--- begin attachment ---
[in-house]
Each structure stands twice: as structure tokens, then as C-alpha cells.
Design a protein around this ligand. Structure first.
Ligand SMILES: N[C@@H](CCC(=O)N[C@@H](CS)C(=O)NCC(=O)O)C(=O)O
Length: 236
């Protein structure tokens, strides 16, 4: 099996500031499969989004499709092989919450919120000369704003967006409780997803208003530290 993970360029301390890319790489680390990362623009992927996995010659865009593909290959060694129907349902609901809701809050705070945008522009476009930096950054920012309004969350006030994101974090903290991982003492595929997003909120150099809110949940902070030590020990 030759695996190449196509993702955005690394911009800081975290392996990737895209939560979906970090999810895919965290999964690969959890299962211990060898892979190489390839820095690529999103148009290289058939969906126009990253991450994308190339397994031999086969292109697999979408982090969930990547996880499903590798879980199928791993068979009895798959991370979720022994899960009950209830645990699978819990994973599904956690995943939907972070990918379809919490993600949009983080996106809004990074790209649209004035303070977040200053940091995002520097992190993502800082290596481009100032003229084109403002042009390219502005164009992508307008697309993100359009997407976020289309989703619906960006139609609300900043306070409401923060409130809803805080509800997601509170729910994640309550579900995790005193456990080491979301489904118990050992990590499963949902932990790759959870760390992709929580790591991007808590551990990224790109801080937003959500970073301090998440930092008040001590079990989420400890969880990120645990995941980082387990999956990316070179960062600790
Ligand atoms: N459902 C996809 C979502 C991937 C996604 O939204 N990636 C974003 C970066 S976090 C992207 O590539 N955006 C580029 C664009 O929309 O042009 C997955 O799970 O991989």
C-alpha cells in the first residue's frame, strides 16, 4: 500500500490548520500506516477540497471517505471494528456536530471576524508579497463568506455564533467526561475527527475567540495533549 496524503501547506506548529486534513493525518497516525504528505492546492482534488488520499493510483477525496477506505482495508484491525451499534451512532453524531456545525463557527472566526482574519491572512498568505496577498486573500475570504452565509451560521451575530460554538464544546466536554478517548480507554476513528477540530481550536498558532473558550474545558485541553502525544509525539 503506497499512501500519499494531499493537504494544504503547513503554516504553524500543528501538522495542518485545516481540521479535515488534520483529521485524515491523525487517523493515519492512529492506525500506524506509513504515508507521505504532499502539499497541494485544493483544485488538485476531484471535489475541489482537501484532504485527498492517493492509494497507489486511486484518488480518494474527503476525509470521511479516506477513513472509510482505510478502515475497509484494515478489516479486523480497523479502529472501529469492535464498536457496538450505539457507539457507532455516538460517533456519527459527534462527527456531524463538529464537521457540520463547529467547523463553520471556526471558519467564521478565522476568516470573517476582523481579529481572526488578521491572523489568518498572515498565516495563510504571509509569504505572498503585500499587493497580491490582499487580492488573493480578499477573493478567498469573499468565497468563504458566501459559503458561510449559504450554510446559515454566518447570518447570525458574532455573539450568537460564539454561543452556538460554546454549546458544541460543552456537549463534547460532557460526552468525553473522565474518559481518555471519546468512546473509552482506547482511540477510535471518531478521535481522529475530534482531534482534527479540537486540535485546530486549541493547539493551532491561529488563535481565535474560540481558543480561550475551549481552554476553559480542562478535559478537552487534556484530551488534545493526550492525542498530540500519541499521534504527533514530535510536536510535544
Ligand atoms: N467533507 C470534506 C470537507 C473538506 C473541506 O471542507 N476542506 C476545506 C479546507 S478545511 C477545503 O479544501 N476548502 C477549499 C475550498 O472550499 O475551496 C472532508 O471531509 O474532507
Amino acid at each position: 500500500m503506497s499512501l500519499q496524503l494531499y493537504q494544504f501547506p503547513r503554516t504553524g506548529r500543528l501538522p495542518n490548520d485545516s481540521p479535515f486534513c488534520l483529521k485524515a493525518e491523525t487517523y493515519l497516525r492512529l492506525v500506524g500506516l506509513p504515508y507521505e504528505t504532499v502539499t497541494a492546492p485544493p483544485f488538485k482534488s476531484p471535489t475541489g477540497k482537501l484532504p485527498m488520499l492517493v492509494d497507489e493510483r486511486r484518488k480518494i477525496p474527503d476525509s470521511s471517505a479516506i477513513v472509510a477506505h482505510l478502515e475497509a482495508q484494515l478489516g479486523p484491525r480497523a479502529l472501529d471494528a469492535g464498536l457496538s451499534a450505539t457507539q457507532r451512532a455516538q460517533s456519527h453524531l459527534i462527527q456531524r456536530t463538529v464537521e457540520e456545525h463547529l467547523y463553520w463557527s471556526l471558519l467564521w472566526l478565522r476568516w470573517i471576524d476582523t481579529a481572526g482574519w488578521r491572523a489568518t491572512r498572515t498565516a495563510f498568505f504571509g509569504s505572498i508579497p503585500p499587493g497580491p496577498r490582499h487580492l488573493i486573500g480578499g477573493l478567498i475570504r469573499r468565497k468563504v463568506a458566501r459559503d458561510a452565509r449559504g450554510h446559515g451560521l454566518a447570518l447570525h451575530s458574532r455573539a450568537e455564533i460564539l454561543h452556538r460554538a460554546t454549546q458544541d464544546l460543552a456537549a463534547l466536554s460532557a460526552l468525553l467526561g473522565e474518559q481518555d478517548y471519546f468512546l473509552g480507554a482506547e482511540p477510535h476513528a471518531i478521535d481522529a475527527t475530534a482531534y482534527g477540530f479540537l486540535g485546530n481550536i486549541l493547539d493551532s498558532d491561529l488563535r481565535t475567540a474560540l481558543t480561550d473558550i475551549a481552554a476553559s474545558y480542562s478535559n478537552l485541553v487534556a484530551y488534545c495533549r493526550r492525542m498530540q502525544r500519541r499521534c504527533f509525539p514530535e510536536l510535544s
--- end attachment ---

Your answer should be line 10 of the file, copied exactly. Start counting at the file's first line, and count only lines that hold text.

Amino acid at each position: 500500500m503506497s499512501l500519499q496524503l494531499y493537504q494544504f501547506p503547513r503554516t504553524g506548529r500543528l501538522p495542518n490548520d485545516s481540521p479535515f486534513c488534520l483529521k485524515a493525518e491523525t487517523y493515519l497516525r492512529l492506525v500506524g500506516l506509513p504515508y507521505e504528505t504532499v502539499t497541494a492546492p485544493p483544485f488538485k482534488s476531484p471535489t475541489g477540497k482537501l484532504p485527498m488520499l492517493v492509494d497507489e493510483r486511486r484518488k480518494i477525496p474527503d476525509s470521511s471517505a479516506i477513513v472509510a477506505h482505510l478502515e475497509a482495508q484494515l478489516g479486523p484491525r480497523a479502529l472501529d471494528a469492535g464498536l457496538s451499534a450505539t457507539q457507532r451512532a455516538q460517533s456519527h453524531l459527534i462527527q456531524r456536530t463538529v464537521e457540520e456545525h463547529l467547523y463553520w463557527s471556526l471558519l467564521w472566526l478565522r476568516w470573517i471576524d476582523t481579529a481572526g482574519w488578521r491572523a489568518t491572512r498572515t498565516a495563510f498568505f504571509g509569504s505572498i508579497p503585500p499587493g497580491p496577498r490582499h487580492l488573493i486573500g480578499g477573493l478567498i475570504r469573499r468565497k468563504v463568506a458566501r459559503d458561510a452565509r449559504g450554510h446559515g451560521l454566518a447570518l447570525h451575530s458574532r455573539a450568537e455564533i460564539l454561543h452556538r460554538a460554546t454549546q458544541d464544546l460543552a456537549a463534547l466536554s460532557a460526552l468525553l467526561g473522565e474518559q481518555d478517548y471519546f468512546l473509552g480507554a482506547e482511540p477510535h476513528a471518531i478521535d481522529a475527527t475530534a482531534y482534527g477540530f479540537l486540535g485546530n481550536i486549541l493547539d493551532s498558532d491561529l488563535r481565535t475567540a474560540l481558543t480561550d473558550i475551549a481552554a476553559s474545558y480542562s478535559n478537552l485541553v487534556a484530551y488534545c495533549r493526550r492525542m498530540q502525544r500519541r499521534c504527533f509525539p514530535e510536536l510535544s